For me, the electronic elements are important in how they marry with the acoustic elements. I love straddling that line between a piano and purely synthetic noise, because in the end it’s all just sound waves, but how they hit our ears and how they feel is important. Some of my favorite VSTs include Noire (piano by Nils Frahm), Stratus (Olafur Arnald), Arturia Pigments (sound design, synth sounds), Vital (Matt Tytell’s beautiful wavetable synth for sound design), Newfangled Audio’s Generate (synth with attitude), and Baltic Shimmers (sound design). As far as effects, a little reverb can go a long way. I use reverb and delay on almost all of my songs, but I think the real magic happens in incorporating noise and field recordings into the song and playing with saturation. I try to give my music an element of humanness because working in the box can sometimes produce a very clean and artificial sound, which is the opposite of what I’m trying to create.
Can music that is not obviously happy say more about the experience of being human?
I think William Faulkner said it best: “The only thing worth writing about is the human heart in conflict with itself.” Conflict isn’t necessarily happy or sad, but it certainly drives much of what we do or say and how we act. I’m a somewhat optimistic person and, even if my music sounds a bit somber, it is really rooted in hope. There is a lot to be grateful for, even when the human experience can be trying and difficult. I don’t think that sad music has a monopoly on the human experience, but it is certainly easier to dig into because that is often where the conflict is.
More broadly speaking, is creativity/ moving forwards hindered by the concentration of too much nostalgia both culturally and musically?
I don’t know! It could be in some instances, but it can also bring forward a power in music. We love and hate the past, but we can’t necessarily escape it or pretend that it doesn’t impact how we act and create today. I think where it can get in the way is by focusing too much on how other people have created music and been successful and thinking that you can replicate that and unlock the secrets of success. Some of it, maybe, but I think that can lock artists into a cycle of not wanting to change and leads to stale music.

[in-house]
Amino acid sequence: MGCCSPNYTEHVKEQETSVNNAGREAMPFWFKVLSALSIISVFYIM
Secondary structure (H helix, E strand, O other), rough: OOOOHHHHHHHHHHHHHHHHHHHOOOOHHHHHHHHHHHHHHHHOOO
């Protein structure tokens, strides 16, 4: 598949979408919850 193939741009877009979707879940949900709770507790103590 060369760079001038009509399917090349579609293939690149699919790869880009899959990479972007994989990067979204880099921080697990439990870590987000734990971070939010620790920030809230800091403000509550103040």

How do you feel about the future in terms of how artists will survive making music?
I think artists are survivors by their very nature. I believe the pandemic has opened up possibilities for artists that weren’t necessarily seen as viable before, such as live streaming or online music festivals. I believe the pandemic has forced us to connect more with each other and use social media in a social way and not just as a billboard. I think the future is bright, especially as artists that treat this as their sole income can return to touring and playing shows. I don’t think the streaming giants will change anytime soon, so those are really just tools for sharing your music and hopefully connecting with fans (unless you’re on one of the major labels with a billion streams).
And finally. Do you think music ever has the power to effect change?
Someone wrote a note to me the other day that said my album had really helped him melt away some anxiety that comes with seasonal depression. It was the first time someone had vocalized that my music had helped them in a way that I never really thought about and it was the best thing I could hear about my music. I believe that music has the power to connect us rather than divide us. I think most musicians, especially indie artists, are creating because they love to create and there is this hope in each one of us that our music will connect with that one person. That is change and it is powerful.